There are still a lot of unknowns about marine mammal species in the Gulf of Maine and the habitat on which they—and humans—depend. MMoME is committed to filling some of those data gaps, through our stranding response and animal care platforms, with our team’s experience and expertise in working with marine mammals, and by partnering with others.
The list of our partnerships is long! Here’s a sampling of our ongoing projects:
University of Maine Orono
Analysis of non-invasive environmental DNA extraction from water samples in seal rehab pools, quantifying harmful human interaction with marine mammals in Maine, marine mammal genetics, and much more.
University of Massachusetts Boston
DNA extraction from seal feces of stranded and rehabilitated seals collected by MMoME’s team.
Biological samples collected by MMoME from live and dead-stranded and rehabilitated marine mammals are tested for SARS, Avian Influenza, and Phocine and Cetacean Distemper Virus to better understand marine mammal health. This is a long-standing partnership established for disease surveillance in seals.
National Oceanic and Atmospheric Administration (NOAA)
NOAA’s Marine Mammal Health and Stranding Response Program works with MMoME to monitor and further understand Phocine Distemper Virus (PDV) in harbor and grey seal populations. In 2018, a PDV outbreak resulted in an Unusual Mortality Event (UME) for harbor and grey seals from Virginia to Maine, with MMoME’s response territory marking the epicenter.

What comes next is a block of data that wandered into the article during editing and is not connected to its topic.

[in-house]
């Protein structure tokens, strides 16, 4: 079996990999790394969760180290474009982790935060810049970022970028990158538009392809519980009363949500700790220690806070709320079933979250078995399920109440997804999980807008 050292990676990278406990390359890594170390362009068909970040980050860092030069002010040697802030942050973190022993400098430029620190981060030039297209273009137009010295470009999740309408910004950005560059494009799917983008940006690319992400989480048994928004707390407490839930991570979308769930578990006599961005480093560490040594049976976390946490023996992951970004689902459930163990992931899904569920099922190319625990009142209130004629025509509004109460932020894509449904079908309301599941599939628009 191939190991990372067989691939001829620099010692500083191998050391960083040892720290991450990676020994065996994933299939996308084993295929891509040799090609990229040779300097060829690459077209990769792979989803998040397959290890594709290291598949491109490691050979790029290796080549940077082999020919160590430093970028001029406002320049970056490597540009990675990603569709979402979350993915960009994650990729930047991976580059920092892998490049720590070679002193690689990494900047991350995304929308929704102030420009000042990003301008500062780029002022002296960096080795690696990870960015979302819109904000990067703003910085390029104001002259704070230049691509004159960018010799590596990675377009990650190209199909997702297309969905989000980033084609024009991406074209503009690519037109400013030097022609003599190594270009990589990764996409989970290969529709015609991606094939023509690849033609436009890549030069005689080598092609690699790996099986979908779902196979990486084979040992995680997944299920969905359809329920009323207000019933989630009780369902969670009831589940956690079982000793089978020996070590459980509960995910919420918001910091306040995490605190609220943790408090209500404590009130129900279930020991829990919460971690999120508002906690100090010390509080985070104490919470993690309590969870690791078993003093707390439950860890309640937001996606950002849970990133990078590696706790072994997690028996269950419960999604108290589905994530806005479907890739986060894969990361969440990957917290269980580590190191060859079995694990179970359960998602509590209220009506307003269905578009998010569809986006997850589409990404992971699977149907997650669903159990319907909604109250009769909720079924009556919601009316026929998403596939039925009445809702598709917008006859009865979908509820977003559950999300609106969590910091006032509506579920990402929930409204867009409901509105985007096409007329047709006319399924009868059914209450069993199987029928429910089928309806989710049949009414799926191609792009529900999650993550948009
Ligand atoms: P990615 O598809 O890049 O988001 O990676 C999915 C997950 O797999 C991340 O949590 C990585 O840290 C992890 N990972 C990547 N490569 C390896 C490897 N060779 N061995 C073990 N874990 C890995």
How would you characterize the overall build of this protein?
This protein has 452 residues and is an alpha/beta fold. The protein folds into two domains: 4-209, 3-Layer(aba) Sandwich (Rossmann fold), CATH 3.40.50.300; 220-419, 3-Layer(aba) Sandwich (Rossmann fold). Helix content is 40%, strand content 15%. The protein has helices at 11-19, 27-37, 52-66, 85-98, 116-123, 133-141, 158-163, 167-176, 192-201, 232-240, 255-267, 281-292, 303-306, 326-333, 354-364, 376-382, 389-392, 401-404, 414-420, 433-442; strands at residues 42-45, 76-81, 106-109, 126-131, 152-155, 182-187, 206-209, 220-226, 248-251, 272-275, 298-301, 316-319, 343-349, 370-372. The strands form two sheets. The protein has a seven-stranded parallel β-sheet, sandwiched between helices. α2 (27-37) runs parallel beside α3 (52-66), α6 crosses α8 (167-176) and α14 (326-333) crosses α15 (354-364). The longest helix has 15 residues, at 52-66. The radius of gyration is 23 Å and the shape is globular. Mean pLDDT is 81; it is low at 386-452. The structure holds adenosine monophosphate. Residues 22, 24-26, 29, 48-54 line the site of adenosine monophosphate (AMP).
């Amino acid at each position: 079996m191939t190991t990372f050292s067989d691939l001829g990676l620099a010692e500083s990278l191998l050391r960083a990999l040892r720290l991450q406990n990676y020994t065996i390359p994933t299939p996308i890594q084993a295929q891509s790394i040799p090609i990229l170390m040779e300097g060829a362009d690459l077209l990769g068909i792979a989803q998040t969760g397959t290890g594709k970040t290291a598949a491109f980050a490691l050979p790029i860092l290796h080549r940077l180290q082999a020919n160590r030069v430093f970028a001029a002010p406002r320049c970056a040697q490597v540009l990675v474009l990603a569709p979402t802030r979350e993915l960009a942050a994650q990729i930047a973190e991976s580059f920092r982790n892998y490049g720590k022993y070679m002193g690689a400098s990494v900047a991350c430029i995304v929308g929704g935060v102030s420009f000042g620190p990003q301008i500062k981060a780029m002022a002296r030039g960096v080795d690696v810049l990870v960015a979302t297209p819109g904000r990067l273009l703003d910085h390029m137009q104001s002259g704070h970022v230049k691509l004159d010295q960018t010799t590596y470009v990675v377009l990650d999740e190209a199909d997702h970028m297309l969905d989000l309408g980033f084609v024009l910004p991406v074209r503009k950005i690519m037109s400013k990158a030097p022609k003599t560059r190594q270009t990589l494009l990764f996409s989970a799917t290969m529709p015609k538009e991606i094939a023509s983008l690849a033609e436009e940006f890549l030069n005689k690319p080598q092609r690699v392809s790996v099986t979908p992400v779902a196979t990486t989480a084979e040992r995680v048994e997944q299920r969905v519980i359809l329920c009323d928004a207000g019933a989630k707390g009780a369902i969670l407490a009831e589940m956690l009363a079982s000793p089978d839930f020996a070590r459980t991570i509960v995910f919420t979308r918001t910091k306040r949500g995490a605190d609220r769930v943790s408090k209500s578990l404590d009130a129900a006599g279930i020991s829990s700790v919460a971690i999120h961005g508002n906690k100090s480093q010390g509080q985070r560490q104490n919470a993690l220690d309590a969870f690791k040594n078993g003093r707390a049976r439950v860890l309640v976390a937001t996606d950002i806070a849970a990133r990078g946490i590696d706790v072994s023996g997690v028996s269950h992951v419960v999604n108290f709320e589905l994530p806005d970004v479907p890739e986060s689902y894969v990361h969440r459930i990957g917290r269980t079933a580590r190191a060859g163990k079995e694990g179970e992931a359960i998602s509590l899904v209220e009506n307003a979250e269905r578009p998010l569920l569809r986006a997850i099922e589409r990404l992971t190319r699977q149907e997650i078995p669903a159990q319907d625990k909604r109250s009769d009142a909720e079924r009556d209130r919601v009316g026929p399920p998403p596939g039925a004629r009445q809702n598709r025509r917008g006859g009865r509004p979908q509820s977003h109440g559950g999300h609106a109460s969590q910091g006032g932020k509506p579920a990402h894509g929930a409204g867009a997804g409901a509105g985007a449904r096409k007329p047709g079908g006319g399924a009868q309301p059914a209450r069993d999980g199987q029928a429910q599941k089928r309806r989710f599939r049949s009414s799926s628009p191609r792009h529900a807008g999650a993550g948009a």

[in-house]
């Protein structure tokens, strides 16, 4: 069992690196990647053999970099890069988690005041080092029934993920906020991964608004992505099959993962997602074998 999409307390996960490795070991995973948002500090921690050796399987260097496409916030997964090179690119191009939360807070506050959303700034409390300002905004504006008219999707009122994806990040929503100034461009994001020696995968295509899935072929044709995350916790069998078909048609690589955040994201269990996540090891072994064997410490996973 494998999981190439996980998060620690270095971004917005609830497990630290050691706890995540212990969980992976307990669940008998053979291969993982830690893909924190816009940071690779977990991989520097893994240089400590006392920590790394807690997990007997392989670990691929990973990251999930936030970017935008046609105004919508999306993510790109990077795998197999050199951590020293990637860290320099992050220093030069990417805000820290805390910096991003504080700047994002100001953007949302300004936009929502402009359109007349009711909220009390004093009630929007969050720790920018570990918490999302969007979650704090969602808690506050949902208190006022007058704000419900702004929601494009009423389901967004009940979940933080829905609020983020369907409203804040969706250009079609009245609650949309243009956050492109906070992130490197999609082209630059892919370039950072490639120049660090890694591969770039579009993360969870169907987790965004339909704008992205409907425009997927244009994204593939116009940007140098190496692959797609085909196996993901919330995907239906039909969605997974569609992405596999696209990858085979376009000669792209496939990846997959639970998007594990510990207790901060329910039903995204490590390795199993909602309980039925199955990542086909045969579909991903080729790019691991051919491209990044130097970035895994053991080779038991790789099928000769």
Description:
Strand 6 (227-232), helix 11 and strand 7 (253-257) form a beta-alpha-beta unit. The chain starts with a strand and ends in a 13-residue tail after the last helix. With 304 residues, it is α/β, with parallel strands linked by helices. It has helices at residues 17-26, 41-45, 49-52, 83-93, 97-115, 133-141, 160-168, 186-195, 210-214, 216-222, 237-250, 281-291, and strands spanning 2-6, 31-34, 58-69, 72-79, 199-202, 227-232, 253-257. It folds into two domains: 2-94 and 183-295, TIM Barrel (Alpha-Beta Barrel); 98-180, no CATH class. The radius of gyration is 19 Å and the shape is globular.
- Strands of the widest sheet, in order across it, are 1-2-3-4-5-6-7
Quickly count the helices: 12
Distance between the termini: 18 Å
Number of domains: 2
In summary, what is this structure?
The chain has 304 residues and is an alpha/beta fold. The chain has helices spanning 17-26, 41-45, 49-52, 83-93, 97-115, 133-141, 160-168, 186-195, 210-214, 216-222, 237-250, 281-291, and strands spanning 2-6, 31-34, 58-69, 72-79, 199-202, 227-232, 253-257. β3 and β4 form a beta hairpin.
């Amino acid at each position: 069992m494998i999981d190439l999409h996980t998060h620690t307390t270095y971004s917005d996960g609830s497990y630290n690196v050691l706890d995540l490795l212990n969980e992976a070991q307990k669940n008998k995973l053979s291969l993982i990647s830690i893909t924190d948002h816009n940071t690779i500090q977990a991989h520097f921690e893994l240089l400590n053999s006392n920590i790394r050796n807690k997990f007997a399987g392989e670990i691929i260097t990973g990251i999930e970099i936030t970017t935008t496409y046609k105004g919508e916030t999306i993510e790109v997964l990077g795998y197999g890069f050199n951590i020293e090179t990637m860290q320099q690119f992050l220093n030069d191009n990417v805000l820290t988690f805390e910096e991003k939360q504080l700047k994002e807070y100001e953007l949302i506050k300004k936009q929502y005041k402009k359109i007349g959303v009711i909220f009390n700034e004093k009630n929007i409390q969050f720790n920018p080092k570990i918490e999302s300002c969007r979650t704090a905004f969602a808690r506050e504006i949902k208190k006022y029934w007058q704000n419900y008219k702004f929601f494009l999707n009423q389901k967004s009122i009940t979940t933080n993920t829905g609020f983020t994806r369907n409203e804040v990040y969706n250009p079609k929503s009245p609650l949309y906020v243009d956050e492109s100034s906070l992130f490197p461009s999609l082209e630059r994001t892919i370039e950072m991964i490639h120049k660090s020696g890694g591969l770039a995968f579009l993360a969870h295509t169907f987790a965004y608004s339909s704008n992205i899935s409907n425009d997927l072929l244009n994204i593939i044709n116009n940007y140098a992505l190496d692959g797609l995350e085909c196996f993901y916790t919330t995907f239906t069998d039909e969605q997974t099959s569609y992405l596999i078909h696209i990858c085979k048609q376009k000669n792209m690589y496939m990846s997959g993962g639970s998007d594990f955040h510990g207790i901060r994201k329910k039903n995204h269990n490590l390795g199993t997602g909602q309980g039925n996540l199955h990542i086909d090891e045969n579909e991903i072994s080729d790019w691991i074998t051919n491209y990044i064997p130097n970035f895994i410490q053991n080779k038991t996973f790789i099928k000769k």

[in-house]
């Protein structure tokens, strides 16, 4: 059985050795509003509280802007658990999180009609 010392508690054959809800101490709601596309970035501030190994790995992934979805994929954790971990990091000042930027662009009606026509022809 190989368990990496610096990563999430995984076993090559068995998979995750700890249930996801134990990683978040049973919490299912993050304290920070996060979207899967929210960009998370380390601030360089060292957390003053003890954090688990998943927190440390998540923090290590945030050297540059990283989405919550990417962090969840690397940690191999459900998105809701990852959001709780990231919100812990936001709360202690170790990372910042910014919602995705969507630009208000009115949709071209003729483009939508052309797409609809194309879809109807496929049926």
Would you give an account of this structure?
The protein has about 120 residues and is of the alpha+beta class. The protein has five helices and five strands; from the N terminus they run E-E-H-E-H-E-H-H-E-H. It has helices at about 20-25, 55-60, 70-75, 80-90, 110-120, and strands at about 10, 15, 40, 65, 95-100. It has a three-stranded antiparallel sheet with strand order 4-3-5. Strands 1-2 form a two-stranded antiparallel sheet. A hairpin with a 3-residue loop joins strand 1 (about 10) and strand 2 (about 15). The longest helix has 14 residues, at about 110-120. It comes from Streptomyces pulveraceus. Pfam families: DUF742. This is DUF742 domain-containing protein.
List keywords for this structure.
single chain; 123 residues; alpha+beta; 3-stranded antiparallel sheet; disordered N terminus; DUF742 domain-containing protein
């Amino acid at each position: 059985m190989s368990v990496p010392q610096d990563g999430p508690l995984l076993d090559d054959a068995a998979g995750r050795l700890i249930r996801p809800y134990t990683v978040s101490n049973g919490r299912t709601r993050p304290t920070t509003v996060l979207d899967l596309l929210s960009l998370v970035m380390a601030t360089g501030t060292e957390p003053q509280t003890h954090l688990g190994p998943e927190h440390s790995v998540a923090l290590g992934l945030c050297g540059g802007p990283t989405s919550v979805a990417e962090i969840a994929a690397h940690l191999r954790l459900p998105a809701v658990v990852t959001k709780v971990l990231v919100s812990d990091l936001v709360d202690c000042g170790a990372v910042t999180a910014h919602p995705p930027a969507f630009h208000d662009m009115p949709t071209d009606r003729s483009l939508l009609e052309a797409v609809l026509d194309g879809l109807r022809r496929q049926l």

NOAA’s Fisheries Science Center and MMoME have been working together since 2015 to assess harbor and grey seal population sizes. Our collaborative field work has taken place along the East Coast between Virginia and Maine.
College of the Atlantic
Collaboratively collecting samples from stranded seals to better understand the presence of microplastics in the ocean environment.
Atlantic Marine Conservation Society
Working together to learn more about harbor and grey seal habitat use throughout the Northeast. Satellite tags are being used to collect geographic locations, dive depths, sea water temperature, and more.
The Northeast Regional Stranding Network and NOAA
Monitoring two Unusual Mortality Events (UME) in the Northeast. MMoME’s Executive Director serves as On-Site Coordinator for the seal UME and Deputy On-Site Coordinator for the large whale UME.
University of Southern Maine Community College
A recently formed research relationship to begin analyzing shark and seal occurrences in Casco Bay.